The highest valued chipmaker, Intel Corporation is keeping Moore’s law alive by introducing its next 10nm chips. Unlike the previous 14-nano technology, the new 10-nano tech enables to pack even more transistors into a given area. After much questions regarding its potential and competitiveness, the company finally opens up about the processor manufacturing technique at an event held recently at San Francisco.
Samsung is already making 10 nm chips, but Intel claims that the 10 nm Cannon Lake chips will be a generation ahead of its rival manufacturers Samsung and TSMC. The hyper scaling feature enables the chip to be denser than the present Kaby Lake chips. This allows accommodating higher transistor counts and 25 percent more performance. The approach also leverages process enhancements such as self-aligned double patterning and self-aligned quad patterning.
Intel is planning to manufacture the 10nm chips for three years before scaling down to 7nm technology. Though Intel is comparing its 10nm technology with its rivals, one point to note here is the chips won’t be released in the market until the second half of this year while the 10nm Snapdragon 835 is already in production. So its density due to its gate and metal pitches is the only advantage that Intel has over its competitors. Intel will also be releasing 8th Generation Core chips built on the 14nm technology. This might create a scenario where both the 14nm and 10nm PC chips will hit the market. So, Intel has decided to use “+” and “++” symbols to mark advances in the 14nm and 10nm processes.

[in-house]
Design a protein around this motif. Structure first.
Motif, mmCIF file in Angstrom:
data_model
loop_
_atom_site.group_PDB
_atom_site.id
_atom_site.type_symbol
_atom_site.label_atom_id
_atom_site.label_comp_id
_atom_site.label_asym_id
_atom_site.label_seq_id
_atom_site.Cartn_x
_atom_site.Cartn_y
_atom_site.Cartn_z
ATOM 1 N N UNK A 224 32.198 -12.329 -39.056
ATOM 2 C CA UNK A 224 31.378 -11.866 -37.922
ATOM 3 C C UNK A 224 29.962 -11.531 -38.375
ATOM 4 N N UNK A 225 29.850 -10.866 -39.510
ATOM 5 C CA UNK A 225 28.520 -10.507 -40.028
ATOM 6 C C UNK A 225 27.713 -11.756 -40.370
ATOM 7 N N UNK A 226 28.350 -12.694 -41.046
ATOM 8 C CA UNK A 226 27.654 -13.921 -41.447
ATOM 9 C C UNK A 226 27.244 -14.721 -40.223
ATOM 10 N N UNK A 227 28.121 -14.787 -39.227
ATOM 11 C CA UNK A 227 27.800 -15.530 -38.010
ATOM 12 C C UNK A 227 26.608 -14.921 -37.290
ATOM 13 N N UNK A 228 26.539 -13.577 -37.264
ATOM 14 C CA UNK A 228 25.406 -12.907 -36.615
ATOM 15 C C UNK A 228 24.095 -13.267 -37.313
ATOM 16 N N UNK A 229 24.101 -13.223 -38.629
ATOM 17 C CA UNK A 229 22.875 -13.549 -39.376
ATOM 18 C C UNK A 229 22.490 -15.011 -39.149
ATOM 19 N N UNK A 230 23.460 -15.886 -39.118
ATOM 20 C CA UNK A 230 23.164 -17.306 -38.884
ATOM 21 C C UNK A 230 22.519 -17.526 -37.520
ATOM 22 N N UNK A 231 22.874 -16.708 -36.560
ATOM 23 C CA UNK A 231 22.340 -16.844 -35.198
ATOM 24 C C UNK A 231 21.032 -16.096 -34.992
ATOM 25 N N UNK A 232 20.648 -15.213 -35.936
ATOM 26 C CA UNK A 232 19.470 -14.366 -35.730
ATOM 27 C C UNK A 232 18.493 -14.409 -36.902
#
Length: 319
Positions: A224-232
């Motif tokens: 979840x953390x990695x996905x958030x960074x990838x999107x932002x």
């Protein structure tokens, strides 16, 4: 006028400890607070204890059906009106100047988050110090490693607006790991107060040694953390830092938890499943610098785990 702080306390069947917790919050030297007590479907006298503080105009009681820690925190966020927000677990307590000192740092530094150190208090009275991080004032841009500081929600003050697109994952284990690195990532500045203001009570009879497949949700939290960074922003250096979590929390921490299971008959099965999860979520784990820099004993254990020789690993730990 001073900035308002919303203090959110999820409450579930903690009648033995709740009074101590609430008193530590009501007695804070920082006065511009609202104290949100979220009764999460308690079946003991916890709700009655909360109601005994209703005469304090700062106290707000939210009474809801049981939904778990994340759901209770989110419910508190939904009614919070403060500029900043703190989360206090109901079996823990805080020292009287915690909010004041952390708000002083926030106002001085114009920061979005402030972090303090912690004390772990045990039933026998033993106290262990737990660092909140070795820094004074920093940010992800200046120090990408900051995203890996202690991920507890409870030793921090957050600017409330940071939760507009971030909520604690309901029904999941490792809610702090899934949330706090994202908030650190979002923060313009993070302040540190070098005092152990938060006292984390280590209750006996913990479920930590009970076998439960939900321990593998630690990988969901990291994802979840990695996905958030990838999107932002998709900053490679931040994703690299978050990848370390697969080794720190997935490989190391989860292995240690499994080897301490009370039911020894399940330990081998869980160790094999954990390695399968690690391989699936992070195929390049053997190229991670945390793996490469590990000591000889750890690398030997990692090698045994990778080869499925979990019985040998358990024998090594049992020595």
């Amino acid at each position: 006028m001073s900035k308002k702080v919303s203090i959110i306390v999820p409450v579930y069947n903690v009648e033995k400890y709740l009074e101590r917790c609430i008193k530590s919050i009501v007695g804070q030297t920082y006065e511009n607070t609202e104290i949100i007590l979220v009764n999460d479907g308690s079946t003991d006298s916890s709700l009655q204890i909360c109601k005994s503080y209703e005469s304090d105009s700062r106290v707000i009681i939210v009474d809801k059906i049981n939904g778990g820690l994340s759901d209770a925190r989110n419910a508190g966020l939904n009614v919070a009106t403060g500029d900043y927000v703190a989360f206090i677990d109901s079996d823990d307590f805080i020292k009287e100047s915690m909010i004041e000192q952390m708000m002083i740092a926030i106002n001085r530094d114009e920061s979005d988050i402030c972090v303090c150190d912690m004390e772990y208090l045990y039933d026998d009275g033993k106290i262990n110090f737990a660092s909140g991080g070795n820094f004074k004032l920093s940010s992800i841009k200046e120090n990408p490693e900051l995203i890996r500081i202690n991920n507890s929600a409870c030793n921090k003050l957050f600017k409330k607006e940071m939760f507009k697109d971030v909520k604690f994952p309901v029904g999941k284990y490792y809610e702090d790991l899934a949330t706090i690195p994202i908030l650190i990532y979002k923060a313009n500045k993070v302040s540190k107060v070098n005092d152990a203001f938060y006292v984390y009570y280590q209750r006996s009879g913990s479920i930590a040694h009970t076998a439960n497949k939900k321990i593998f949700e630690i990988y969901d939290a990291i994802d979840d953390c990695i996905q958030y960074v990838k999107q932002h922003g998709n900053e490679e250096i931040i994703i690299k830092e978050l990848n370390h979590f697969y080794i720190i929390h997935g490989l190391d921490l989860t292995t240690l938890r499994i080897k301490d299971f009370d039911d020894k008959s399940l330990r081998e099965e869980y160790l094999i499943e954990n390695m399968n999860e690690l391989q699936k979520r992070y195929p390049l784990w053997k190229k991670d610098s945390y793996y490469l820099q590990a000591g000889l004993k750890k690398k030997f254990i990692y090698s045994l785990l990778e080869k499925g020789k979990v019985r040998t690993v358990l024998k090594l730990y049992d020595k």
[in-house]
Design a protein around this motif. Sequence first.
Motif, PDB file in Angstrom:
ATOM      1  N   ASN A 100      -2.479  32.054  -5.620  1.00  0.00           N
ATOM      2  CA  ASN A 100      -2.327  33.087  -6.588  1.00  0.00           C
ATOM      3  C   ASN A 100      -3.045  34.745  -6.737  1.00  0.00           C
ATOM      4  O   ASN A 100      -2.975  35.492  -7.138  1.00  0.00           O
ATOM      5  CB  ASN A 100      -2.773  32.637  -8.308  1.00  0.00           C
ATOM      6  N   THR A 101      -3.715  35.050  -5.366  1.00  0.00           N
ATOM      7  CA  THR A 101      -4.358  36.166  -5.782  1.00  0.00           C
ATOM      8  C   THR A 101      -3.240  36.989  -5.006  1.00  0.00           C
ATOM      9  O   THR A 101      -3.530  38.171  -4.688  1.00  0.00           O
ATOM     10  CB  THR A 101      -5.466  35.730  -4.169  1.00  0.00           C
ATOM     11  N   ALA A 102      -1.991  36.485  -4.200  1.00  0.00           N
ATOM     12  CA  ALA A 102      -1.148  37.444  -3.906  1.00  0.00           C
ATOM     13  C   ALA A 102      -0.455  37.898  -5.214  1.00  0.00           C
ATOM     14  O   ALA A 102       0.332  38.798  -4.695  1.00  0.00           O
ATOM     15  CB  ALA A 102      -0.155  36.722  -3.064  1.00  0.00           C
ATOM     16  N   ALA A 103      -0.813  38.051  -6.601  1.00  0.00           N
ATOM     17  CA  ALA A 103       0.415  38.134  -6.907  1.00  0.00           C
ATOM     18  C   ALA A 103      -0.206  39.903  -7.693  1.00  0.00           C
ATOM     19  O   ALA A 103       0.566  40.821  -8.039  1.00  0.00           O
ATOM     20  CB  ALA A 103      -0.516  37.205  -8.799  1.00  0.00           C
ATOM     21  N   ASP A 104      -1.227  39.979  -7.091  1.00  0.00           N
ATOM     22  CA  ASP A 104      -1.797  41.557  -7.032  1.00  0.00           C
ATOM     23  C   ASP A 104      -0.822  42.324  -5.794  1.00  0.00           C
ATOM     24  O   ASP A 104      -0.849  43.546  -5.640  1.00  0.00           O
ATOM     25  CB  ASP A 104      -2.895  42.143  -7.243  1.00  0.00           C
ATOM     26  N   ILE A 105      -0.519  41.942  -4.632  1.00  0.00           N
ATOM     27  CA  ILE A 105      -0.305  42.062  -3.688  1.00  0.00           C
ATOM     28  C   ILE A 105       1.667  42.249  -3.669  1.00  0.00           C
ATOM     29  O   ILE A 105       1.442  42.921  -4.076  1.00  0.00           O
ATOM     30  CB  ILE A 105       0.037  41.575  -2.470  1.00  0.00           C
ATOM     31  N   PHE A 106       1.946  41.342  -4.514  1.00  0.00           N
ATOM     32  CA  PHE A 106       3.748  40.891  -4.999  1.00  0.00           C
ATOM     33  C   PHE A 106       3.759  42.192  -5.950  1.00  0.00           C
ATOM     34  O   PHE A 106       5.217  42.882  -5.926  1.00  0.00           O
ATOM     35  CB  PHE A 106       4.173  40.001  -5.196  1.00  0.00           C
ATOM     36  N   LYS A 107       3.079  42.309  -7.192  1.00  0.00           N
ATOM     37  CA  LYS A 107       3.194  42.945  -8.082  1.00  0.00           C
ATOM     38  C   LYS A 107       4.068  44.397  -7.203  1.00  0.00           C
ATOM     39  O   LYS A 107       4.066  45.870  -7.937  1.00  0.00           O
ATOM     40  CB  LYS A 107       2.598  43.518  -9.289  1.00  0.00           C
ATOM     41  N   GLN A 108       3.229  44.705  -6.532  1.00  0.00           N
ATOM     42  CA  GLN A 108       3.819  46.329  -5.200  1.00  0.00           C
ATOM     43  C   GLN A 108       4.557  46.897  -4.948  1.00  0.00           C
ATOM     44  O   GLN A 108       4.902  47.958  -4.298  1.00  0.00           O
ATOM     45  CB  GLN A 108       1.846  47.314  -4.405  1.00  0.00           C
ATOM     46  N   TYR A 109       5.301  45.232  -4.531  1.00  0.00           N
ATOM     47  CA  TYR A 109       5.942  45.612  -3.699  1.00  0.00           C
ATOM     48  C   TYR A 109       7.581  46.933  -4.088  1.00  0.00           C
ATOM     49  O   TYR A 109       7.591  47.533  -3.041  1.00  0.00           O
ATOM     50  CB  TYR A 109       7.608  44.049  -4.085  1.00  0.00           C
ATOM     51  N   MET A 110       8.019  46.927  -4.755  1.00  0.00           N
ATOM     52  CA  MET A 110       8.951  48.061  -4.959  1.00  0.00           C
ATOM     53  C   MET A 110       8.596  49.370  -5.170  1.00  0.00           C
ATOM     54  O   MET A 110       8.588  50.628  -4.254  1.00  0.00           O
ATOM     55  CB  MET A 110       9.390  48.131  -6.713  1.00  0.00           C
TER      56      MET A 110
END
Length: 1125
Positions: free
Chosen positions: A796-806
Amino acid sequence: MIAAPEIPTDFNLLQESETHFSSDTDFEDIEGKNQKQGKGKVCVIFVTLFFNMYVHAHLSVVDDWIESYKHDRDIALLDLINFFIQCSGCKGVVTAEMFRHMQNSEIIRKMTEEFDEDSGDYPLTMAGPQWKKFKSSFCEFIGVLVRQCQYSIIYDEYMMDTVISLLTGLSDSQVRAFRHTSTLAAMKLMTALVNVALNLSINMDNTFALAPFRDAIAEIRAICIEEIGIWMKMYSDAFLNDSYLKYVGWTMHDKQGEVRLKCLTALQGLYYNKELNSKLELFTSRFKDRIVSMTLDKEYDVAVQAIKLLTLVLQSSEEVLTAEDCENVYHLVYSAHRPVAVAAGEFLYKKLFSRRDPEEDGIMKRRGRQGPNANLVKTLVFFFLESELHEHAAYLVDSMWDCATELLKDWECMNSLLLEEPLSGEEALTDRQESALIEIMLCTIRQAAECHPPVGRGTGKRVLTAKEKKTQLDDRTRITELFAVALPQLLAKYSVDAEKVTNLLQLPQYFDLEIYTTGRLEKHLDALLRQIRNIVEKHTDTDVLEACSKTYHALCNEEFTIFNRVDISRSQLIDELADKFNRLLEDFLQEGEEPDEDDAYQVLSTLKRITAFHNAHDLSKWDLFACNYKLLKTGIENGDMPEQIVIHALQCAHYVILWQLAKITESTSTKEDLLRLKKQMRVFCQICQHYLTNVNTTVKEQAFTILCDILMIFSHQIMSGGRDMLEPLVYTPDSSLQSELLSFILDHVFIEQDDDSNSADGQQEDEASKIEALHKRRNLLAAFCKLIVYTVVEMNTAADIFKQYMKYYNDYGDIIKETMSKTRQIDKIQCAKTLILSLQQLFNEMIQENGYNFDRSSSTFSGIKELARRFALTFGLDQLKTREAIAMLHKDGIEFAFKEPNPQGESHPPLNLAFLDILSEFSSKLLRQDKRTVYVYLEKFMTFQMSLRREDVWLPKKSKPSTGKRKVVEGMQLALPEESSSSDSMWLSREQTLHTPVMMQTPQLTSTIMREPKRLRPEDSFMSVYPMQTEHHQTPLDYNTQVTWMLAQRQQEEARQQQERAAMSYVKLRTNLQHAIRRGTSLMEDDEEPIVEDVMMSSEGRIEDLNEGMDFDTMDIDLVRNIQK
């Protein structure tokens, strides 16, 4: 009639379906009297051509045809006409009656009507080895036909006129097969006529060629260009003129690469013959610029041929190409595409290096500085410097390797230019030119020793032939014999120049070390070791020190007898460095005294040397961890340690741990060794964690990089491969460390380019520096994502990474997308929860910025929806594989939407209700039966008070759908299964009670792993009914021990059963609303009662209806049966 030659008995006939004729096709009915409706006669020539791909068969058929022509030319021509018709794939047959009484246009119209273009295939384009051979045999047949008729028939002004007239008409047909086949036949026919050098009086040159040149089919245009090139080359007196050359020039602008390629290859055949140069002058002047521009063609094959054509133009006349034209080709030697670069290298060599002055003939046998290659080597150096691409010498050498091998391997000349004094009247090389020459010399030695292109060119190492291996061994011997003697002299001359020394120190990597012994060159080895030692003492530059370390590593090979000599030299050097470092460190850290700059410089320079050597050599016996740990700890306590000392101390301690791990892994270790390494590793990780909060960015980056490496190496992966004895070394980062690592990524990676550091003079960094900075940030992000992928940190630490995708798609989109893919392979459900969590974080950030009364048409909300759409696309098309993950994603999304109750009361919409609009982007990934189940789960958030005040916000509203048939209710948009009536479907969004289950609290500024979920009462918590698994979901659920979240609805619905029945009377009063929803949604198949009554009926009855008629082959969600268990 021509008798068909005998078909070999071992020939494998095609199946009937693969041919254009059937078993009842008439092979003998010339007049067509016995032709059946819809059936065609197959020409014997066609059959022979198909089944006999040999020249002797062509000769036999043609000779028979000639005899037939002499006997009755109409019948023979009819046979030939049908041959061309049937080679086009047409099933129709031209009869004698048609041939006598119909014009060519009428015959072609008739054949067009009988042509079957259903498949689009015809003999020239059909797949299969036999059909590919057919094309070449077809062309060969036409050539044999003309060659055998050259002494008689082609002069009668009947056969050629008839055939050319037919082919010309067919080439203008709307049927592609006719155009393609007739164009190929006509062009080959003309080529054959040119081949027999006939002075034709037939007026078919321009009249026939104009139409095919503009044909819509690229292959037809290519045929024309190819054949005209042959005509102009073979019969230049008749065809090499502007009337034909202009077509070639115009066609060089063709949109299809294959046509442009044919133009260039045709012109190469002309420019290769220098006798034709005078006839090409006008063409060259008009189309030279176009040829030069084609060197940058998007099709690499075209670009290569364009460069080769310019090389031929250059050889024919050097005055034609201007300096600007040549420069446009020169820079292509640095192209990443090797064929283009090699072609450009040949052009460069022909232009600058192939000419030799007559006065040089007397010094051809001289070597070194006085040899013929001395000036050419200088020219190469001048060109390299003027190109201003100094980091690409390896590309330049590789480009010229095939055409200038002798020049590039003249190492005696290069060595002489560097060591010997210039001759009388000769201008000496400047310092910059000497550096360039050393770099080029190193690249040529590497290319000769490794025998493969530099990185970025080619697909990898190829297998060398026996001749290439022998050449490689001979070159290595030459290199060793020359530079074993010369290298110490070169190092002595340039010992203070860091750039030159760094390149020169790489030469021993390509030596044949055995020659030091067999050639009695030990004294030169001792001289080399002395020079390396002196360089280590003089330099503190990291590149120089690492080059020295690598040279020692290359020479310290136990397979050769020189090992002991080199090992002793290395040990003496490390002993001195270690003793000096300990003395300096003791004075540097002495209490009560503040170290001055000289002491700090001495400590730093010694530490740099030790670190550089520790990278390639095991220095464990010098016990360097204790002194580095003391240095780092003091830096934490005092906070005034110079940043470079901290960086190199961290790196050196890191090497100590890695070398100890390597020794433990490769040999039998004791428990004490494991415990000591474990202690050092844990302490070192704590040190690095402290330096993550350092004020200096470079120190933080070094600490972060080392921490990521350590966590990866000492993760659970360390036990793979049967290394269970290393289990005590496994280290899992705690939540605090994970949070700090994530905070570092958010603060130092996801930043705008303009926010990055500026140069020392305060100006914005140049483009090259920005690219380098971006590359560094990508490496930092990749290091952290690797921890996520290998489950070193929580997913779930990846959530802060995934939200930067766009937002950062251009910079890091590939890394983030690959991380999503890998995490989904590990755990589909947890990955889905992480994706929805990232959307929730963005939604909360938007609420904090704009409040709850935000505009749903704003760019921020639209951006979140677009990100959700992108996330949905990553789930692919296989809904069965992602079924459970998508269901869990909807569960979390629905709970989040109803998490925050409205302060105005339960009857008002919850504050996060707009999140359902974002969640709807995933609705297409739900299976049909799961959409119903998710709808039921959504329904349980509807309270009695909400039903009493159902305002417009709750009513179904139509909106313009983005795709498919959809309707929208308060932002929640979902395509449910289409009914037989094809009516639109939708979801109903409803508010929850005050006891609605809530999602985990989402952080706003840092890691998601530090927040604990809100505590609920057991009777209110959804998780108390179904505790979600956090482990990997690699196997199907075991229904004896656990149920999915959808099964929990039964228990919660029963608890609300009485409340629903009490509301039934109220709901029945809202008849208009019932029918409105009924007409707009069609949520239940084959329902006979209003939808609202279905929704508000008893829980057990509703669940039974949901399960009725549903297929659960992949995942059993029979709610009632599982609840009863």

Intel seems confident about its next generation chips, but the competition might make Intel to put more efforts to produce efficient and affordable chip designs.
Indonesia’s Tangguh LNG provides India with its first LNG cargo
Amazon to end its online learning platform in India
TSMC to manufacture 3nm chips at its Arizona factory
ByteDance plans to expand its music-streaming service to take on Spotify and the rest
Vietnam shuts down one of its hottest Instagram spots over safety fears—again
© 2022 CIO Bulletin. All rights reserved.